To be in Wittenberg for the celebration of the 500th Anniversary of the nailing of Martin Luther’s 95 Theses was truly a dream come true.
In order to make spend this special day to the fullest, we left our AirBnb early in the morning. An English service was being held at Schloßkirche at 8am and since Stephanie hadn’t yet seen the church, we decided to attend.
We arrived shortly after 7:30am and things were already PACKED. High security measures were being taken because of the large gathering as well as the anticipated attendance of political figures such as Chancellor Merkel for the afternoon services.
Schloßkirche seemed at capacity when we arrived, but the ushers actually led us all the way to the front to sit in the choir chairs. Actually, we got to sit in the ancient chairs of the knights and ruling lords who would attend services there. It was super cool!
The service was very different from what I’m used to. For one, there was considerably more congregational participation. A stalwart aspect of Luther’s ideology in how worship services should be conducted, it was definitely highlighted in the program through readings, written prayers, and songs. I had never heard a chanted Psalm before, so that was pretty special.
The sermon was quite thought provoking. I’ll share my opinions about it in a future post.
To end the service, everyone joined together to sing (what else?) Ein Feste Burg. What a special moment to be singing this powerful hymn on this special day in the church that “started it all.”
Once the service had finished, we were encouraged to leave quickly in order for the staff to prepare for the 10am German-language service. This time we did get to walk through the Theses Door, which was very cool.
After leaving the church, we made our way to the other side of the village for breakfast and then to a special 360-degree panorama art installation by Yadegar Asisi. The work is enclosed in an enormous cylindrical building attached to a smaller building with an introductory exhibit that leads to the installation.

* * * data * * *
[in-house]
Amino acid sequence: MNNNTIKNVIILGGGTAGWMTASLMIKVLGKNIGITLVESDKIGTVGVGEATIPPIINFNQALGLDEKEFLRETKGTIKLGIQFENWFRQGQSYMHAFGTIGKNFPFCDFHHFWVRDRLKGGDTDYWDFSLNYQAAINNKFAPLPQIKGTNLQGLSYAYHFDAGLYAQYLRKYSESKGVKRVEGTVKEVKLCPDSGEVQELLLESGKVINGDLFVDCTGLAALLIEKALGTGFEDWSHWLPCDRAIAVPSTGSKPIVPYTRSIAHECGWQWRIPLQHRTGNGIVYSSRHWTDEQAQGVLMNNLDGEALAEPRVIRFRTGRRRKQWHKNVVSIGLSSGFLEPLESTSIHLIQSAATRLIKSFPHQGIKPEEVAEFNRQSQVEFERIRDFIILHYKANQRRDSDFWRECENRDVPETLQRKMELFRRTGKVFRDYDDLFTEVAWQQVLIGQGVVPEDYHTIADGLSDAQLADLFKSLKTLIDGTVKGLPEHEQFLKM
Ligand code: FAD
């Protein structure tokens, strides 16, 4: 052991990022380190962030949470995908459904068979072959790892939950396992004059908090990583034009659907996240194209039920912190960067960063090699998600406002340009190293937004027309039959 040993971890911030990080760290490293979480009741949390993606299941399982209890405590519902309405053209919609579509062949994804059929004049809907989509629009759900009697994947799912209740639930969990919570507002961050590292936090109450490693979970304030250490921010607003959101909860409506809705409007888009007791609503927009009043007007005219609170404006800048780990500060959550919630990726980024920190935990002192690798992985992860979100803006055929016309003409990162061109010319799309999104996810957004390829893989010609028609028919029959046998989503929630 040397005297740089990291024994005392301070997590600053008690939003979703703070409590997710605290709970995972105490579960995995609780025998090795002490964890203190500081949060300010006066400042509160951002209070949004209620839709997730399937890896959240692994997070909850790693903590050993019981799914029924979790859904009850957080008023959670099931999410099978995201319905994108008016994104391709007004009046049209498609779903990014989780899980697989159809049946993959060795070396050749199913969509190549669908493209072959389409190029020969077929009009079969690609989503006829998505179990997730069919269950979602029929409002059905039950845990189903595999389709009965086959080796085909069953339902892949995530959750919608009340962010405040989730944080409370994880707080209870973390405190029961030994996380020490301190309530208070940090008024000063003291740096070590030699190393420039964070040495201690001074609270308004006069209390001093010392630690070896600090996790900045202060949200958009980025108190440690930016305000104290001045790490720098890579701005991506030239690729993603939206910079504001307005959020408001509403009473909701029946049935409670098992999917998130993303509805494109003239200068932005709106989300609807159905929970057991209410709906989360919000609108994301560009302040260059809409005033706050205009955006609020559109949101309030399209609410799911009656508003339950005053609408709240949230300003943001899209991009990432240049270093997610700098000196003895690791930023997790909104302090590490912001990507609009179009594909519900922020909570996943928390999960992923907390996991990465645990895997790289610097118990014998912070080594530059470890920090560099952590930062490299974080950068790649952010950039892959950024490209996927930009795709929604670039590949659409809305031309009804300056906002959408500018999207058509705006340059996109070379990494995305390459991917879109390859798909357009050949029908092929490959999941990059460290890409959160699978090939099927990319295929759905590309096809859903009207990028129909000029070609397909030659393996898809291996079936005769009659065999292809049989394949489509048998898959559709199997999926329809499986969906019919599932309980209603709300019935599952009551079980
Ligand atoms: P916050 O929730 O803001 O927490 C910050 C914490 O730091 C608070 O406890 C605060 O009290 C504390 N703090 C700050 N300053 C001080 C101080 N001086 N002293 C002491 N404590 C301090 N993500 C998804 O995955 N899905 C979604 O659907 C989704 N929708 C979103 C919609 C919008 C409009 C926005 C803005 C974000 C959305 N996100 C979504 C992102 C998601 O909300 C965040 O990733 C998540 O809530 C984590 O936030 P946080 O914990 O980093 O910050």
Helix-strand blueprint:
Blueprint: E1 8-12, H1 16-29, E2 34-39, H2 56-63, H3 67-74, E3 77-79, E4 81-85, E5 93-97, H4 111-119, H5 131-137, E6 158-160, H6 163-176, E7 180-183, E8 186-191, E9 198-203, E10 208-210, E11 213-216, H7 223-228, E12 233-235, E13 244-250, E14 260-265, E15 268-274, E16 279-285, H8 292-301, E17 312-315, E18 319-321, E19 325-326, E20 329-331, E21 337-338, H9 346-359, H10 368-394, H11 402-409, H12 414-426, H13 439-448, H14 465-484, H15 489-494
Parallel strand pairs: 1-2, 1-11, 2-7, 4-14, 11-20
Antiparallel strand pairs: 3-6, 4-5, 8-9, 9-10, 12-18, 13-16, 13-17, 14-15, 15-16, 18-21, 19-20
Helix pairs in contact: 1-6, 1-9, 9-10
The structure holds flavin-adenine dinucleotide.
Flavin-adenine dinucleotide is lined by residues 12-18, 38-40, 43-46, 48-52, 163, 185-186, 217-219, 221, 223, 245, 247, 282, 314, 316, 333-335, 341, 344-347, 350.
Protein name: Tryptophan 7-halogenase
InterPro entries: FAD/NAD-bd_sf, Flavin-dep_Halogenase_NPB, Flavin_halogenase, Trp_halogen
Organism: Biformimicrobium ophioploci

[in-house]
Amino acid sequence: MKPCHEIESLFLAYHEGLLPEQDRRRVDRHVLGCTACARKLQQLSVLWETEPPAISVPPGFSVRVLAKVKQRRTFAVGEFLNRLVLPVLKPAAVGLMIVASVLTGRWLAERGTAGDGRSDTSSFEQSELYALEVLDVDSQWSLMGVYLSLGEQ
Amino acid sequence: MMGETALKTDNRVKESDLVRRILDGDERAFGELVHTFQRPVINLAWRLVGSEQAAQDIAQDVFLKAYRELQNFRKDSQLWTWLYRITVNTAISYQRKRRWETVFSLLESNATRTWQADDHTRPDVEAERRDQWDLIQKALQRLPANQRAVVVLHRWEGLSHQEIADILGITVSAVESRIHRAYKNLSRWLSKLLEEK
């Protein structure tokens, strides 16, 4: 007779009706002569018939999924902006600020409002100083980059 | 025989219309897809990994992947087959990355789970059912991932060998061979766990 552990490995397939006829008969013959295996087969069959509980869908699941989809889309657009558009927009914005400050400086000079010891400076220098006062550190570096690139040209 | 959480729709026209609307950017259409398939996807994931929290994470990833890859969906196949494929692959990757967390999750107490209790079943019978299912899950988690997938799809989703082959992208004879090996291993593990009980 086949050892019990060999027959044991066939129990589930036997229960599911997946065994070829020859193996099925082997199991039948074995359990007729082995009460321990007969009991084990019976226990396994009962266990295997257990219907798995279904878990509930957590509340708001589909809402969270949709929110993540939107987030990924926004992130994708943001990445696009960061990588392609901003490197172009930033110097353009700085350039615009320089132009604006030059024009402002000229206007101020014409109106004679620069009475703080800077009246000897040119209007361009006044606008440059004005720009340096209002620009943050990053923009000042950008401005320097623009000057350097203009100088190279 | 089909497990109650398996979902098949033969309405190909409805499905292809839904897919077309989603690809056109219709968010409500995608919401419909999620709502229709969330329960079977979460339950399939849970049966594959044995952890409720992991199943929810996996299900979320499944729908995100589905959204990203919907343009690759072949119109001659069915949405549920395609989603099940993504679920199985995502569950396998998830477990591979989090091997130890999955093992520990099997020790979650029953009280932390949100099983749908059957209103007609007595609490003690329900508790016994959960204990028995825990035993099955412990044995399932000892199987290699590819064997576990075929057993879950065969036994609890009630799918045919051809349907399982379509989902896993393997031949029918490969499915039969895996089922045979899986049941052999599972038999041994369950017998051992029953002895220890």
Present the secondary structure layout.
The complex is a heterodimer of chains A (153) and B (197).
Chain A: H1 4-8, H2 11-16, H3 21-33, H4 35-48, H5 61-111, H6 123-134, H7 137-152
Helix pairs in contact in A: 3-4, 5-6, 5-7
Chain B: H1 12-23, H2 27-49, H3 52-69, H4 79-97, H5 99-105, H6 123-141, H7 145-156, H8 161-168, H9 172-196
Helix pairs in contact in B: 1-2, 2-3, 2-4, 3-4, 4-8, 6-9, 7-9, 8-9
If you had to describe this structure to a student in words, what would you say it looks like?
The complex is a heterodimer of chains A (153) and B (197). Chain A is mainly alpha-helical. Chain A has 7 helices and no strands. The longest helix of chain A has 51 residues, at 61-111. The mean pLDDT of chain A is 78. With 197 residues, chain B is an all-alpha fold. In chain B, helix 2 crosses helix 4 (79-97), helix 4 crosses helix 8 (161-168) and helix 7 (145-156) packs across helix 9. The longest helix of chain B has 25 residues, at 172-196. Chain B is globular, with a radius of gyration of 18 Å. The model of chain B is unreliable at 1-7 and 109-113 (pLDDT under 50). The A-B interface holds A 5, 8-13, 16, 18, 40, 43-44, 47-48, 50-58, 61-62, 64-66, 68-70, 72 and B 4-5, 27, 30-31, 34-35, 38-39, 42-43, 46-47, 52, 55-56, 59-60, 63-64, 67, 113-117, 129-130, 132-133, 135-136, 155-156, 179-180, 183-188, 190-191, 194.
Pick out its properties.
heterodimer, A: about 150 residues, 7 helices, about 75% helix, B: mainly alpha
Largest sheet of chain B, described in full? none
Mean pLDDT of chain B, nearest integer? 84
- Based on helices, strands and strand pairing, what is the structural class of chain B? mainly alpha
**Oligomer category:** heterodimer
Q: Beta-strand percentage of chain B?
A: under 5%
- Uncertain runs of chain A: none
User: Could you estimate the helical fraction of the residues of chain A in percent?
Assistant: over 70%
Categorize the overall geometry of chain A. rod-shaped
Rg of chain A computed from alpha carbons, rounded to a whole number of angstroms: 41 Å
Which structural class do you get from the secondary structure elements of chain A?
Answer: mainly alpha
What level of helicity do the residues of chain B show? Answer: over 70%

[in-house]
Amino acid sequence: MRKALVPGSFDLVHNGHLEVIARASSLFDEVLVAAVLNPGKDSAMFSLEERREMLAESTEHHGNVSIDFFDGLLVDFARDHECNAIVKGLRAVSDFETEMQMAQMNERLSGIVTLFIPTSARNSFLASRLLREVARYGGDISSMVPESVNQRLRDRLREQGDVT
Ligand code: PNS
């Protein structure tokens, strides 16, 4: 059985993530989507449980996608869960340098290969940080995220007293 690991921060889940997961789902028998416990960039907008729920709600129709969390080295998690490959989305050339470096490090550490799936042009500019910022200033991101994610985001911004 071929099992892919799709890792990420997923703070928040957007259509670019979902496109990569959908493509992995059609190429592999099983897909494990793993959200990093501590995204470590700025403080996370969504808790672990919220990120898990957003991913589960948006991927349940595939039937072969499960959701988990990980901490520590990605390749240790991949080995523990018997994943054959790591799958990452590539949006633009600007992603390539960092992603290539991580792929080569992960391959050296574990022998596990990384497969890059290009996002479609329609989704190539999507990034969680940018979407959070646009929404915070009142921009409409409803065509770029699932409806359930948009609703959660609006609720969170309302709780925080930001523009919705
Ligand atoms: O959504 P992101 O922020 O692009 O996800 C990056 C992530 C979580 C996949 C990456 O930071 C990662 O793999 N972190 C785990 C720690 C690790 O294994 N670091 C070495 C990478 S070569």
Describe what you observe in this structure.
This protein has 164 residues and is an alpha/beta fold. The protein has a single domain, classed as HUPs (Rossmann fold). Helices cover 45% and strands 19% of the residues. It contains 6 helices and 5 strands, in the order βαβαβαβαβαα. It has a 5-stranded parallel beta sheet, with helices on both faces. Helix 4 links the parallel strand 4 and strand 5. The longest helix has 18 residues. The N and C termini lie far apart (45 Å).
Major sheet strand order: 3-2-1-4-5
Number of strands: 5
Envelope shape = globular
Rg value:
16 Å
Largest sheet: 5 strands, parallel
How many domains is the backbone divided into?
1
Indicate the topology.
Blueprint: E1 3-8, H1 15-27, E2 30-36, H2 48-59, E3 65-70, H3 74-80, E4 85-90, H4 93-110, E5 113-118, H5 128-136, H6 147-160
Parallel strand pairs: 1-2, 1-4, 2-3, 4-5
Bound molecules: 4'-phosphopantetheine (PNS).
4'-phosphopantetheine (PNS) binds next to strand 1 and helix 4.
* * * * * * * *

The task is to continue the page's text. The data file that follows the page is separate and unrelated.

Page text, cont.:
The panorama was at least two stories tall, and featured the village of Wittenberg as Luther would have known it. It looked like a combination of painting, photoshop, and some other medium I can’t quite name.
Lights and sounds were used to enhance the experience and make the viewer almost feel as if they were there in the early 1500s.
We then returned to the Lutherhaus so Stephanie could enjoy all the wonderful artifacts and history that we saw on Sunday.
Right next door is the Melanchthonhaus, where Luther’s friend and colleague, Philipp Melanchthon used to live. This house wasn’t as crowded and seemed to have a better flow of foot traffic than Lutherhaus. The entire exhibit was more engaging, interactive, and appeared to be geared towards children.
Mommy, who had always liked to read and learn about Melanchthon, was surprised to discover that he was only 1.5 meters tall–just about her height!
Afterwards, we popped into Stadtkirche, or St. Marien’s Church. The sanctuary is enormous! Much larger than Schloßkirche, though not necessarily as detailed. This was the church that Luther worked, preached, and was married in. So much history everywhere!
We decided to dine at the Wittenberger Kartoffelhaus and enjoy as traditional of a German meal one can have being vegetarian. Fried potatoes and eggs, yes!
The rest of the evening was spent wandering around the festival. Theater performances, booths, and music were everywhere! Many people were dressed in period costumes, which made me wish I had something special to wear. Should have gone to the Maryland Renaissance Festival this year… oh well…
Overall, the day was special, festive, and thought provoking.
I’m so glad that Mommy, Stephanie, and I were able to be in Wittenberg on this high day of celebration. I’m incredibly thankful for our AirBnb hosts that made it possible for us to visit this wonderful place and who were so kind and accommodating to us.
Until the next adventure–Auf Wiedersehen!